Kevin Joseph McManus
Lieuenant Colonel, United States Air Force
By Patricia Sullivan
Courtesy of the Washington Post
Sunday, August 10, 2008
Kevin McManus, 65, an Air Force pilot shot down over North Vietnam who spent nearly six years as a prisoner of war and later retired as a Lieutenant Colonel, died of lung cancer July 31, 2008, at his home in Oakton, Virginia.
Two weeks before he was scheduled to leave Vietnam, and two months after a four-day honeymoon with his childhood sweetheart, then-Captain McManus was shot down northeast of Hanoi on June 14, 1967. He and his co-pilot, Edward J. Mechenbier, parachuted to earth and were immediately captured, bound and marched as war criminals through villages leading to a Hanoi prison complex.
They remained in captivity for five years and eight months. Both were released in February 1973.
On his way home, Captain McManus told reporters at Clark Air Base in the Philippines that he had no qualms about leaving Vietnam and returning to freedom. "I've talked to my wife and she hasn't changed, and that's what really counts," he said. He also said they "decided to have 16 kids -- after that it didn't matter."
They eventually had seven.
Born in New York and raised in Babylon, New York, Kevin Joseph McManus graduated from the Air Force Academy in 1964 with three bachelor's degrees. He had pilot training at Vance Air Force Base and began flying F-4s with the 92nd Tactical Fighter Squadron in Bentwaters, England.
In November 1966, he was sent to Danang Air Base to join the 390th Tactical Fighter Squadron. On a five-day furlough to Honolulu in March, he married an elementary school classmate, honeymooned for the rest of his break, then returned to Vietnam.
He was in the second large group released during a cease-fire in 1973, and photos of him and fellow military men filled the nation's newspapers. At the time, he expressed a wish to become an Air Force Academy flight instructor, but he learned during an extended stay at the Andrews Air Force Base hospital that his injuries prevented him from resuming his pilot's duties. He spent the next 18 months at Duke University, where he received a master's degree in business administration in 1975.
Subsequent Air Force duties took him to Setauket, New York, and in 1979 to Herndon, where he worked at the Pentagon on the Air Staff and as director of mission-critical computer resources in the research and development office of the Defense Department.
He retired from the military in 1984 and joined Robbins-Gioia, an Alexandria-based program management firm. For the next 10 years, he was its chief operating officer and chief financial officer. He then moved to AT&T to manage a billion-dollar defense contract. He retired in 1999 and consulted on high-risk, high-dollar acquisitions.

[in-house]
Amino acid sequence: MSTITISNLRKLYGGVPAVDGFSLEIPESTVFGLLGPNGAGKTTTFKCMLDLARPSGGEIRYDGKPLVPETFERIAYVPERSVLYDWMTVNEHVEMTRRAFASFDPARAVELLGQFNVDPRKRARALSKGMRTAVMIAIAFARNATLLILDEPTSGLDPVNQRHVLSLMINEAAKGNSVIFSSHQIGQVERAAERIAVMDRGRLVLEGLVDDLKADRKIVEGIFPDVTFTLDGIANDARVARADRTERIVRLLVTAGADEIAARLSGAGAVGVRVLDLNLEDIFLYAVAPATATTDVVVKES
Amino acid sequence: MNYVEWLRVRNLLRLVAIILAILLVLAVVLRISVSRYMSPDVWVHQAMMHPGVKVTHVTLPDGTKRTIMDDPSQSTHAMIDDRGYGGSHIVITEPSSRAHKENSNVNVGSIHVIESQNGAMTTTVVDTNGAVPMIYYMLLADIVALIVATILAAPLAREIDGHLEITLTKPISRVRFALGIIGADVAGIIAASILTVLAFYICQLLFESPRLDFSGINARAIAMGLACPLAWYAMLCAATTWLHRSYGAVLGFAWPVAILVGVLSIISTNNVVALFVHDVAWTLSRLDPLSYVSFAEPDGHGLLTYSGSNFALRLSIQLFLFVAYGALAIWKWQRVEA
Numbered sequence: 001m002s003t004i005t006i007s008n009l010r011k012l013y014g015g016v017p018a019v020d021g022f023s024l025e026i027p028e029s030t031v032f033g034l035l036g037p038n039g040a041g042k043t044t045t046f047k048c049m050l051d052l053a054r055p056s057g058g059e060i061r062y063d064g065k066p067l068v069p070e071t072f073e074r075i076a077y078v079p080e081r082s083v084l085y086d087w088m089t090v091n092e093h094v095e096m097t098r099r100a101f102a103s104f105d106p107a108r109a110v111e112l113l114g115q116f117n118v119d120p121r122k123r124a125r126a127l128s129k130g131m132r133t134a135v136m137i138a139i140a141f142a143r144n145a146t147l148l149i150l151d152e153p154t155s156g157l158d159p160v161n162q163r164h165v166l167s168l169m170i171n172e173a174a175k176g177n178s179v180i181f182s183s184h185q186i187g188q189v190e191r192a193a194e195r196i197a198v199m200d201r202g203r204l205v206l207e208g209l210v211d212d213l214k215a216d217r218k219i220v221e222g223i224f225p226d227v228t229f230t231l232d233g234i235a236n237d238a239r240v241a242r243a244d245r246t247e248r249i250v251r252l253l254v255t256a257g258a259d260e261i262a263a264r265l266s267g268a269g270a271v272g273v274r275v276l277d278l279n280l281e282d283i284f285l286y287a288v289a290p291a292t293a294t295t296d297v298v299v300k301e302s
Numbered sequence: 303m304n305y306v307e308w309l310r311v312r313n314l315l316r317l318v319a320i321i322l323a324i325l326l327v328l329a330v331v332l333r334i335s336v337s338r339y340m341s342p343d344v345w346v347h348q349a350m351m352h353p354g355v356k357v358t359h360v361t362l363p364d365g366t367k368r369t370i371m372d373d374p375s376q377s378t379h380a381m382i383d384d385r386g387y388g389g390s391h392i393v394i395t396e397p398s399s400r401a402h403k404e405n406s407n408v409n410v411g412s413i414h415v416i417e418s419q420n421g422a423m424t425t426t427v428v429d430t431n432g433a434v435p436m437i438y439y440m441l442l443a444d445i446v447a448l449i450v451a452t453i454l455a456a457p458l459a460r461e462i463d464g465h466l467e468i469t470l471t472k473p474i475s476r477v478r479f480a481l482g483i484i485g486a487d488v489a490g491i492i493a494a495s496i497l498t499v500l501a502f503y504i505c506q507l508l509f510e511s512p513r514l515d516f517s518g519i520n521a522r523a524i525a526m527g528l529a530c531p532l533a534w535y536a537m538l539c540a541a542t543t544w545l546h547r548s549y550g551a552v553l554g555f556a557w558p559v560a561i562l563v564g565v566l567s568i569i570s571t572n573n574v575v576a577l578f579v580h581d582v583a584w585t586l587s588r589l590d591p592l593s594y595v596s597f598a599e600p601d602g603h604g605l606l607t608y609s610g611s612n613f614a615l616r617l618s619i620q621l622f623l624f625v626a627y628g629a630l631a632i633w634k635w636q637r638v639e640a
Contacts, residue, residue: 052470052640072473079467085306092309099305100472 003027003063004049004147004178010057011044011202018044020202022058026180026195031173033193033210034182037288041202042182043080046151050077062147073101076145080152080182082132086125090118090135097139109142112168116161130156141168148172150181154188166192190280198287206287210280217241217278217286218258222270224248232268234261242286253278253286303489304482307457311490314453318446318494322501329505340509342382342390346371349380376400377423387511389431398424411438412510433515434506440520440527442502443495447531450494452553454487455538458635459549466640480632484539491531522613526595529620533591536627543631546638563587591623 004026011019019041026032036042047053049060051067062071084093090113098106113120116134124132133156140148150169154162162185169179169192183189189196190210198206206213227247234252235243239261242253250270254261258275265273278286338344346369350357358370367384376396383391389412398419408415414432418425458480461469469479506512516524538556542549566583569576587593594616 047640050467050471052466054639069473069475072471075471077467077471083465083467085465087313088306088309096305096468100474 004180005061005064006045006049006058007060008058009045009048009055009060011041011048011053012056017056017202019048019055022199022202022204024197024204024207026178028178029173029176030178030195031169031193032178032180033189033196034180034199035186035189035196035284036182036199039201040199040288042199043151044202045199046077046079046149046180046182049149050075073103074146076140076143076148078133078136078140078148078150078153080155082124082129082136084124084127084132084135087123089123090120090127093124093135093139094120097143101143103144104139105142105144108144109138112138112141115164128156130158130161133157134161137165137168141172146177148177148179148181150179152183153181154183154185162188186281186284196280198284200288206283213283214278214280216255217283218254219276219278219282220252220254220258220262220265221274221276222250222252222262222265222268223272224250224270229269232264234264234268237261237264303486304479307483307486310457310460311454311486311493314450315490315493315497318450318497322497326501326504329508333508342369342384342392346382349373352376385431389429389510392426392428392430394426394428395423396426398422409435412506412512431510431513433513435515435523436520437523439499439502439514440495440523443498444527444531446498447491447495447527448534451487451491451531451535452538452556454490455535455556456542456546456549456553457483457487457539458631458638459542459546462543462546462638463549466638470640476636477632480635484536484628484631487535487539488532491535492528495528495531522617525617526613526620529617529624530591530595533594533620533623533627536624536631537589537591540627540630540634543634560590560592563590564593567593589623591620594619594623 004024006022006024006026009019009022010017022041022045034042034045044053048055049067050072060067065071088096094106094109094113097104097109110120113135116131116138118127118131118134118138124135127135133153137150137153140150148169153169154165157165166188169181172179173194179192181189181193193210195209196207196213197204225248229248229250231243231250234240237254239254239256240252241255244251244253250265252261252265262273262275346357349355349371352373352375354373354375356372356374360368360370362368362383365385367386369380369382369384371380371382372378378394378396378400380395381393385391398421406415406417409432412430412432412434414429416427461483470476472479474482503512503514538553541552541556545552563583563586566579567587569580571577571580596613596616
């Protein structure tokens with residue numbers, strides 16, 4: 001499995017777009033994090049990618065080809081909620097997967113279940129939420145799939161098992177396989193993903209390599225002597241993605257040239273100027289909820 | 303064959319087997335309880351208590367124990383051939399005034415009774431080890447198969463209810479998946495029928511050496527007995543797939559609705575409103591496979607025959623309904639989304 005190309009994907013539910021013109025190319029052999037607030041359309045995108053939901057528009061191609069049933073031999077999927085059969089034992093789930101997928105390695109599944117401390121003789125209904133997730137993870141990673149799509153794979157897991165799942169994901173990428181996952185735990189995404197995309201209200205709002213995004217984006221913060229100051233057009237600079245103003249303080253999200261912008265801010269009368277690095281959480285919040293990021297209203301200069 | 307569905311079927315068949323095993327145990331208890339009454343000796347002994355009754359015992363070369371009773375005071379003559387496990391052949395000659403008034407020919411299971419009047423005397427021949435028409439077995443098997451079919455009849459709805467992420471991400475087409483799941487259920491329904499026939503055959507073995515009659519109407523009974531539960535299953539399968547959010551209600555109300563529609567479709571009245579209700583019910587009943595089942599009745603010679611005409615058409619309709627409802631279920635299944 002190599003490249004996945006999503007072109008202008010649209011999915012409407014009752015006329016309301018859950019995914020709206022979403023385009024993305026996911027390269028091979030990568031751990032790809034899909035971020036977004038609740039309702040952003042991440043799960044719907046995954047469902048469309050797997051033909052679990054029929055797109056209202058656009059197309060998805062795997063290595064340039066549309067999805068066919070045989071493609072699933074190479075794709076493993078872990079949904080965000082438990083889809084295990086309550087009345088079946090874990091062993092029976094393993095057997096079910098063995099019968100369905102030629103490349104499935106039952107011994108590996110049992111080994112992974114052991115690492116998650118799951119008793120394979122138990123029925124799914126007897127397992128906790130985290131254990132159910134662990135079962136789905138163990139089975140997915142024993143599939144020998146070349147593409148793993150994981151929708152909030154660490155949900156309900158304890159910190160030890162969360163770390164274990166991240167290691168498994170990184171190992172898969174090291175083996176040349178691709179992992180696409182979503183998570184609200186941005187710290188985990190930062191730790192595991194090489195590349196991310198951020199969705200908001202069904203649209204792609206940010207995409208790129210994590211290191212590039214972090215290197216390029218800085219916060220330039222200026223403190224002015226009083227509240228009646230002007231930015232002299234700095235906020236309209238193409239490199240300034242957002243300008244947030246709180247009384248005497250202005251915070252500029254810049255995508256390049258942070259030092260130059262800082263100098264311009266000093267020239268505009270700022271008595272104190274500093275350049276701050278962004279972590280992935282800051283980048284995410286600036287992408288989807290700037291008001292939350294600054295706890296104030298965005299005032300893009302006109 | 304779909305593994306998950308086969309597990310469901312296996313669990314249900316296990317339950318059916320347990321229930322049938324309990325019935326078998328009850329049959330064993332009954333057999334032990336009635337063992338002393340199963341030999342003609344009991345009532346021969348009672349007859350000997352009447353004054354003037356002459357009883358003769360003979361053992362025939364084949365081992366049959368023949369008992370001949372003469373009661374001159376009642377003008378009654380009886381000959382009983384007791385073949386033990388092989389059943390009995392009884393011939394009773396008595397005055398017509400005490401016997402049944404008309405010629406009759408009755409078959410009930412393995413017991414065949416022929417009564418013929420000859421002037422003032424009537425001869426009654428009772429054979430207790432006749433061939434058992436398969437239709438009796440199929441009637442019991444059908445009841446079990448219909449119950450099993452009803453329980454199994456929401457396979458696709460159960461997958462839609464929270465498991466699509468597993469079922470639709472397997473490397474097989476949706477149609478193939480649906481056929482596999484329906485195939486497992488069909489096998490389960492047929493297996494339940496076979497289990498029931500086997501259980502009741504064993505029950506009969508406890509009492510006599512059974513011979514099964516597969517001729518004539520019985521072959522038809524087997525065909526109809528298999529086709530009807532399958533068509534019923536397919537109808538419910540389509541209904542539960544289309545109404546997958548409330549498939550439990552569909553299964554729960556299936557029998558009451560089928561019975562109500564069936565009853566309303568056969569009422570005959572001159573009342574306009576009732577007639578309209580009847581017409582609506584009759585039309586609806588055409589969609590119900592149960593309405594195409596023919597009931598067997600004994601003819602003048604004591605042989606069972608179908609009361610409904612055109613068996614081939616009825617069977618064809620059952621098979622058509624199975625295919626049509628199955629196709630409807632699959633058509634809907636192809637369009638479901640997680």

He appeared in a controversial 2004 Sinclair Broadcast Group program that criticized Democratic presidential nominee John Kerry, "A POW Story: Politics, Pressure and the Media," which included portions of another film, "Stolen Honor."
"John Kerry is probably the first man in 200 years of American history to make Benedict Arnold look good," Colonel McManus said in the film. Kerry, a highly decorated Vietnam War veteran, had attracted controversy for his 1971 Senate testimony charging U.S. atrocities in the war.
Colonel McManus enjoyed reading, carpentry, gardening, and collecting stamps and baseball cards. He had a passion for Italy.
His military decorations included two awards of the Silver Star, the Legion of Merit, the Bronze Star with a Valor Device, the Distinguished Flying Cross, two Purple Hearts and the Defense Superior Service Medal.
A son, Kevin Roderic "Rory" McManus, died in 1999.
Survivors include his wife of 41 years, Mary
Jane McManus of Arlington County; six children, Katherine Mary McManus
of Arlington, Bryan Jude McManus and Marie Therese McManus, both of Fairfax,
John Francis McManus and Mary Elizabeth Seton McManus of Oakton and Margaret
Mary McManus of Eagle, Colorado; a sister, Karen Julia McManus of Alexandria;
and two brothers, Robert Philip McManus of Massapequa, New York, and Christopher
George McManus of Washington.
Mass of Christian Burial Tuesday, August 12, 10:30 a.m. in St. Timothy Catholic Church, 13807 Poplar Tree Rd., Chantilly, Virginia 20151. Interment Thursday, October 16, 11 a.m. Arlington National Cemetery, with full military honors.
In lieu of flowers,memorial contributions may be made to Capital Hospice, 6565 Arlington Blvd., Suite 500, Falls Church, Virginia 22042; the Vietnam Veterans Legacy Foundation, Box 95000-1655, Philadelphia, Pennsylvania 19195-1655; The National League of Families of American Prisoners of War and Missing in Action in Southeast Asia, 1005 N. Glebe Rd., Suite 170, Arlington, Virginia 22201 or any reputable organization established to benefit US Military Veterans of the War on Terror.
Posted: 11 August 2008